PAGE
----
Carmen Phonetico


4,27-6,2 2022



continuo(basso & effetto)


less than 5'



This vocal score makes use of all forms of vocal directions: spoken declamation, phonetic tone, neumatic cantillation, neumatic chant, and singing. New too here is a more graphic depiction of vocal contours for the recitation section of my formal structure, which I felt was not differentiated enough from the opening and ending recitation to impart the symbolic and dramatic apex of its position, which becomes a outline for a cadenza of sorts.

I want to take advantage of all the qualities of the human voice, of all its shades are gradations, more in a Partchian manner than in any neo-Dadist or Surrealist one, because my interest is in humanism and human expression, a song for the sake of itself rather than as a vague artistic statement.

This is why I, no matter the forces employed or the circumstances of performance, place myself within the context of liturgical recitative and NOT the western classical tradition--and this is something I think is very clear looking at the page--because I am not interested in being understood as part of a musical tradition totally foreign to my compositional methodology. Those ideas developed in my compositional practice are absolutely alien to western compositional logic, especially in the standard ways we identify melodic, harmonic, and formal development. The core logical conception of the music is in the essential quality of the word as expressed, which determine the compositional development.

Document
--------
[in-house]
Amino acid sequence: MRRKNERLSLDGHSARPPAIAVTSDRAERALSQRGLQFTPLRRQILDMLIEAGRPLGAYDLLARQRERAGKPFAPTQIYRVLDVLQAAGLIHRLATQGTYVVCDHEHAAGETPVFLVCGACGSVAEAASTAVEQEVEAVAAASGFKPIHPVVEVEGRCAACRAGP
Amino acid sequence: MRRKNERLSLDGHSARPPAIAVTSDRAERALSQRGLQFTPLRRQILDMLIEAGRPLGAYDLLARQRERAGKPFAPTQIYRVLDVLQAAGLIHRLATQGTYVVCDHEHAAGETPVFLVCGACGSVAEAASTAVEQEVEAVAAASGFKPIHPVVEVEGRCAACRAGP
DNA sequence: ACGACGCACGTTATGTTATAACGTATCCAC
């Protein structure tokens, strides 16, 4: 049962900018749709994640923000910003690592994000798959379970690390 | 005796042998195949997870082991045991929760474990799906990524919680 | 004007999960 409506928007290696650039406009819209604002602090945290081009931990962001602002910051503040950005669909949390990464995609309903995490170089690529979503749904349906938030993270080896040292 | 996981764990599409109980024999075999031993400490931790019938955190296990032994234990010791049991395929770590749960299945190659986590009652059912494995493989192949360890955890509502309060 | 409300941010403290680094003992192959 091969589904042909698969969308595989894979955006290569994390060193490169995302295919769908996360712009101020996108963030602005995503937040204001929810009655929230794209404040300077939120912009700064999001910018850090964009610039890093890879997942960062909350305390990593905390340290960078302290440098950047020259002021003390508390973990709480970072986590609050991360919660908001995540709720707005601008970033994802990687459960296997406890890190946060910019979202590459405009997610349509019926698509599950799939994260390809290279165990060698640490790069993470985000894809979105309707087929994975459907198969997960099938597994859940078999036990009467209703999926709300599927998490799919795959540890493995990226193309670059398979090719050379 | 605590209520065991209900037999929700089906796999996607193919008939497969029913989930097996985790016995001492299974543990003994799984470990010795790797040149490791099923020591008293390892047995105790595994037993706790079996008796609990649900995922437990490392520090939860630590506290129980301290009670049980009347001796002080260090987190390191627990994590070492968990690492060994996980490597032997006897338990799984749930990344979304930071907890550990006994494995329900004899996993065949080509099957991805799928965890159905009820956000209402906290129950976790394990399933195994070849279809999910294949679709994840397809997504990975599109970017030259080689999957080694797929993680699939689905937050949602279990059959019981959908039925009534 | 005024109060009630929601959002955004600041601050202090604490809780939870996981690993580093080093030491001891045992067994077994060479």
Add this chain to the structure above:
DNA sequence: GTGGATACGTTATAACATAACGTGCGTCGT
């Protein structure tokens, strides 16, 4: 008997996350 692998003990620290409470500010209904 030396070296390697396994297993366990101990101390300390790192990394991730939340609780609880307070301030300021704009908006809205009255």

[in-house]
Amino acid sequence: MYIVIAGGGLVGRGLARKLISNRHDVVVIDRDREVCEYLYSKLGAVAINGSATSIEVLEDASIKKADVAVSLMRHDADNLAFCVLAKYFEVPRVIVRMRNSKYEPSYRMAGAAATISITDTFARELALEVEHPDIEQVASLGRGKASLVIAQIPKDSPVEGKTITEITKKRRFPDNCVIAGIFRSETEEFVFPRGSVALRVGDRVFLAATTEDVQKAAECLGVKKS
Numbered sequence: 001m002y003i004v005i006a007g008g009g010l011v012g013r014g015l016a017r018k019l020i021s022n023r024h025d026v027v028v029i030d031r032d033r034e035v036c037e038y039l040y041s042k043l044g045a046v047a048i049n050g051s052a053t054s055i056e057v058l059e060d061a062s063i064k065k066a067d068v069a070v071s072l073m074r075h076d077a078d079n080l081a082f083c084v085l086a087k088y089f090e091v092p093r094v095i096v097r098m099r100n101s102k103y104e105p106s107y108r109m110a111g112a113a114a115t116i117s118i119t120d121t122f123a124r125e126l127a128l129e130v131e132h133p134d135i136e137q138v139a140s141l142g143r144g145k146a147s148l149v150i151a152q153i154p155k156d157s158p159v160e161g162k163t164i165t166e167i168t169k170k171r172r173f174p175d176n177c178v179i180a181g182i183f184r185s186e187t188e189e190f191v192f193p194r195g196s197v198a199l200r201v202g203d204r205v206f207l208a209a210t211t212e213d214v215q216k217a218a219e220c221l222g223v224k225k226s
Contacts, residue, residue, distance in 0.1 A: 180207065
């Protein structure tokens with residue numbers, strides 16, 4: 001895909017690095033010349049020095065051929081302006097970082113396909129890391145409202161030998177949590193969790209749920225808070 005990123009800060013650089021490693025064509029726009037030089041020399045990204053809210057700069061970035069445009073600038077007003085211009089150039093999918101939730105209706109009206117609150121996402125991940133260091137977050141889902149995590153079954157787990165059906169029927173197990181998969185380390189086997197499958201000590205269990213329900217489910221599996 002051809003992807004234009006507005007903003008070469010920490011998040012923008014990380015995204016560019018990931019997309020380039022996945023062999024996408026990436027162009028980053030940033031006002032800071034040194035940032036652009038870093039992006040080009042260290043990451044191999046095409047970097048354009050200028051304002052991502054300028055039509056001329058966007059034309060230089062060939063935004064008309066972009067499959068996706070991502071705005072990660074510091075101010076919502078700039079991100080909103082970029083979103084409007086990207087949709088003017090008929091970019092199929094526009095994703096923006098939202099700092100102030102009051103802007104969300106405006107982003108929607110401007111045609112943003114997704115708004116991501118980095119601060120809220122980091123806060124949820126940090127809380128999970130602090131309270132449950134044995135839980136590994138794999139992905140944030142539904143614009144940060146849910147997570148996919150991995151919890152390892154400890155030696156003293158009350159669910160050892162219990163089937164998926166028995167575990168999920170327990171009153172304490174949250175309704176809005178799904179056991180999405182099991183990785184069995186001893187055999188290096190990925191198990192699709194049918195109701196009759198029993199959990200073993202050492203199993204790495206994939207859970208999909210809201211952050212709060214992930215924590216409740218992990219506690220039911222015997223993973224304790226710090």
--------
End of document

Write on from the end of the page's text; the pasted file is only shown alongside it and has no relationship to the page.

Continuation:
As in the psalm tone, the sections of the music form individual musical units, tied to one another and rooted in the text, but are otherwise not necessarily related to one another in terms of musical content. Each moment is beholden to itself, though similarities are a given. The "phonetic song" is not symbolic, it is literal, the melody rises from the word, like a breeze cools for a few moments.

The role of instruments here represents a sort of compromise with this other tradition. With some desire to distance myself from the limitations of four voice polyphony while still retaining that sort of structural scaffolding it affords the voice, as well as allowing me to cheat and format a score for any group, be it baroque or pierrot.

Sean Patrick Ignatius Tartaglia